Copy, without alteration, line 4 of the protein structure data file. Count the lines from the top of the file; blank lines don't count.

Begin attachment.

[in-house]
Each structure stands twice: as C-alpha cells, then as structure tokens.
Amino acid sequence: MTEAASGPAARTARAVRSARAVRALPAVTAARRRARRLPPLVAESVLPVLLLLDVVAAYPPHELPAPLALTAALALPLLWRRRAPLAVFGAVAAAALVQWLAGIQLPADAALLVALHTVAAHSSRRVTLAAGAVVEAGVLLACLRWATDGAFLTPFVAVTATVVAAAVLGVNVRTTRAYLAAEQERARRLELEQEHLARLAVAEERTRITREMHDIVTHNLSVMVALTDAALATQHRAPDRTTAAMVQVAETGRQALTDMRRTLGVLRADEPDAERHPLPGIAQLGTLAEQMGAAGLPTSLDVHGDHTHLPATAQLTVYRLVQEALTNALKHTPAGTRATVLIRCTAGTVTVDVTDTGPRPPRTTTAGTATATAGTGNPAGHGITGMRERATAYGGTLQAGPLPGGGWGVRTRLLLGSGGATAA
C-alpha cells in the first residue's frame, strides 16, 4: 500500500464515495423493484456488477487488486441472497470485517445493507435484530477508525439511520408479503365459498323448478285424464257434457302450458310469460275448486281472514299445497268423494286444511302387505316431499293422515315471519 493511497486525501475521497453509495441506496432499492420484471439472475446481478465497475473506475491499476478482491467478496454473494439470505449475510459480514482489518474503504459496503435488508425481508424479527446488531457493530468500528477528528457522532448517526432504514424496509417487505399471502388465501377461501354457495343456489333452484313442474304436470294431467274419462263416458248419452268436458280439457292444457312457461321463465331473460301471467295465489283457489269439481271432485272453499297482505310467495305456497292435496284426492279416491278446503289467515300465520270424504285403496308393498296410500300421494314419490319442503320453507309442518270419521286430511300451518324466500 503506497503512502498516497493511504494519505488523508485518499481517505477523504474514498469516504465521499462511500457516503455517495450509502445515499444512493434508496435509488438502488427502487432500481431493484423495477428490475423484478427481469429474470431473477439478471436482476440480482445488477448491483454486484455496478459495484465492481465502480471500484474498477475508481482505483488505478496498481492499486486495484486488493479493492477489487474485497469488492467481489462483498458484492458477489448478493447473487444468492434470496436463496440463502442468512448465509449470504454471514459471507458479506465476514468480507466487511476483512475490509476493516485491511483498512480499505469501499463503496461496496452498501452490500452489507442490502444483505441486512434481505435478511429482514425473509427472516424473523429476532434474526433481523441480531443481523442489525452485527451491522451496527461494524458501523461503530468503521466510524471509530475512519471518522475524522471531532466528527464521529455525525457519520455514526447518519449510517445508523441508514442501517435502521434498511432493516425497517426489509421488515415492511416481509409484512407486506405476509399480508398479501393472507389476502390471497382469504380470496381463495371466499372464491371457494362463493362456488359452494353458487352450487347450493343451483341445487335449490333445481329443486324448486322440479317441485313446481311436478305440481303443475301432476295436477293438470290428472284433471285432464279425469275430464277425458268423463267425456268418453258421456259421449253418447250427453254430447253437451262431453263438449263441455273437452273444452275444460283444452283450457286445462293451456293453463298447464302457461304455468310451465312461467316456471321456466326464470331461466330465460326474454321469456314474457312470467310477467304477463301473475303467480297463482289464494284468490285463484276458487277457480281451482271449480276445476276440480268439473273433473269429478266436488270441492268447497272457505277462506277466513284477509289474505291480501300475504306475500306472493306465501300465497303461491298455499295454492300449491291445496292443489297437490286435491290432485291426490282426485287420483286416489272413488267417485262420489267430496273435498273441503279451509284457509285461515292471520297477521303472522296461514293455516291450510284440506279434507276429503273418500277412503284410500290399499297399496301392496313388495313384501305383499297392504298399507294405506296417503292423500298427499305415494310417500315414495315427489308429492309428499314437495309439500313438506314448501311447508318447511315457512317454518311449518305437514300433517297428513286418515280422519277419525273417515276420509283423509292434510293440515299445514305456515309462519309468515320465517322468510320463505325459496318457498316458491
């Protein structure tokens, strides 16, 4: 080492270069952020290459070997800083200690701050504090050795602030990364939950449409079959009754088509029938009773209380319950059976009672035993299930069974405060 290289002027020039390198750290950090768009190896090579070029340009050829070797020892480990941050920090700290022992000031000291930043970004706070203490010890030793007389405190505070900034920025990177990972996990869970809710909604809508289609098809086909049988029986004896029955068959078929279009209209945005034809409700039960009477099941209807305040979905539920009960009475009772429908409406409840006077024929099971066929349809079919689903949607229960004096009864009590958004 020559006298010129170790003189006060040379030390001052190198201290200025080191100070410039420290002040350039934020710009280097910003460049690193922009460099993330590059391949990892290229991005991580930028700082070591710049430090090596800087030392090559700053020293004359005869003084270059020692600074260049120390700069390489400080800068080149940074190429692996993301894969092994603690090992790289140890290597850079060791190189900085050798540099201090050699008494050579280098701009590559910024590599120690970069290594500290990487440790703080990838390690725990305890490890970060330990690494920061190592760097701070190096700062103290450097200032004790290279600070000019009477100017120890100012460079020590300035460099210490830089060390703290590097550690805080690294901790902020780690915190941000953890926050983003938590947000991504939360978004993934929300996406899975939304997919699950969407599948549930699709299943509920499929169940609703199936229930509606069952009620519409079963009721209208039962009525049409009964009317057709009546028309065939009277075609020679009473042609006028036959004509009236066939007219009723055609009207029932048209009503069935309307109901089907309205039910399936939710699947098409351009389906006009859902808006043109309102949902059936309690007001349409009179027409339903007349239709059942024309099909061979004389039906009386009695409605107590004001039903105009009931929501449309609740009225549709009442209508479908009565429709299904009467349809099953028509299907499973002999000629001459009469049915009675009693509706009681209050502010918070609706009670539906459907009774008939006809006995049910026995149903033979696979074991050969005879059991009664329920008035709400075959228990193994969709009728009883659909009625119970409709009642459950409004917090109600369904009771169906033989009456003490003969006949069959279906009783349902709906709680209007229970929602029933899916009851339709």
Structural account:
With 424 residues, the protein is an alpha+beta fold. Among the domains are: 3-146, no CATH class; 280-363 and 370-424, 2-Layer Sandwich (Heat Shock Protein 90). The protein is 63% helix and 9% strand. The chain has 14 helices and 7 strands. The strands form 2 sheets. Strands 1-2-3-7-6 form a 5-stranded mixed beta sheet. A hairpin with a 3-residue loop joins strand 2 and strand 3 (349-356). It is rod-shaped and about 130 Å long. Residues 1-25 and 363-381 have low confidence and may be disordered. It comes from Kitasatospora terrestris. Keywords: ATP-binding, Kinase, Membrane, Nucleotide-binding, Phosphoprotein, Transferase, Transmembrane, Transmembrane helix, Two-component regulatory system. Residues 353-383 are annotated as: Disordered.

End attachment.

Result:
C-alpha cells in the first residue's frame, strides 16, 4: 500500500464515495423493484456488477487488486441472497470485517445493507435484530477508525439511520408479503365459498323448478285424464257434457302450458310469460275448486281472514299445497268423494286444511302387505316431499293422515315471519 493511497486525501475521497453509495441506496432499492420484471439472475446481478465497475473506475491499476478482491467478496454473494439470505449475510459480514482489518474503504459496503435488508425481508424479527446488531457493530468500528477528528457522532448517526432504514424496509417487505399471502388465501377461501354457495343456489333452484313442474304436470294431467274419462263416458248419452268436458280439457292444457312457461321463465331473460301471467295465489283457489269439481271432485272453499297482505310467495305456497292435496284426492279416491278446503289467515300465520270424504285403496308393498296410500300421494314419490319442503320453507309442518270419521286430511300451518324466500 503506497503512502498516497493511504494519505488523508485518499481517505477523504474514498469516504465521499462511500457516503455517495450509502445515499444512493434508496435509488438502488427502487432500481431493484423495477428490475423484478427481469429474470431473477439478471436482476440480482445488477448491483454486484455496478459495484465492481465502480471500484474498477475508481482505483488505478496498481492499486486495484486488493479493492477489487474485497469488492467481489462483498458484492458477489448478493447473487444468492434470496436463496440463502442468512448465509449470504454471514459471507458479506465476514468480507466487511476483512475490509476493516485491511483498512480499505469501499463503496461496496452498501452490500452489507442490502444483505441486512434481505435478511429482514425473509427472516424473523429476532434474526433481523441480531443481523442489525452485527451491522451496527461494524458501523461503530468503521466510524471509530475512519471518522475524522471531532466528527464521529455525525457519520455514526447518519449510517445508523441508514442501517435502521434498511432493516425497517426489509421488515415492511416481509409484512407486506405476509399480508398479501393472507389476502390471497382469504380470496381463495371466499372464491371457494362463493362456488359452494353458487352450487347450493343451483341445487335449490333445481329443486324448486322440479317441485313446481311436478305440481303443475301432476295436477293438470290428472284433471285432464279425469275430464277425458268423463267425456268418453258421456259421449253418447250427453254430447253437451262431453263438449263441455273437452273444452275444460283444452283450457286445462293451456293453463298447464302457461304455468310451465312461467316456471321456466326464470331461466330465460326474454321469456314474457312470467310477467304477463301473475303467480297463482289464494284468490285463484276458487277457480281451482271449480276445476276440480268439473273433473269429478266436488270441492268447497272457505277462506277466513284477509289474505291480501300475504306475500306472493306465501300465497303461491298455499295454492300449491291445496292443489297437490286435491290432485291426490282426485287420483286416489272413488267417485262420489267430496273435498273441503279451509284457509285461515292471520297477521303472522296461514293455516291450510284440506279434507276429503273418500277412503284410500290399499297399496301392496313388495313384501305383499297392504298399507294405506296417503292423500298427499305415494310417500315414495315427489308429492309428499314437495309439500313438506314448501311447508318447511315457512317454518311449518305437514300433517297428513286418515280422519277419525273417515276420509283423509292434510293440515299445514305456515309462519309468515320465517322468510320463505325459496318457498316458491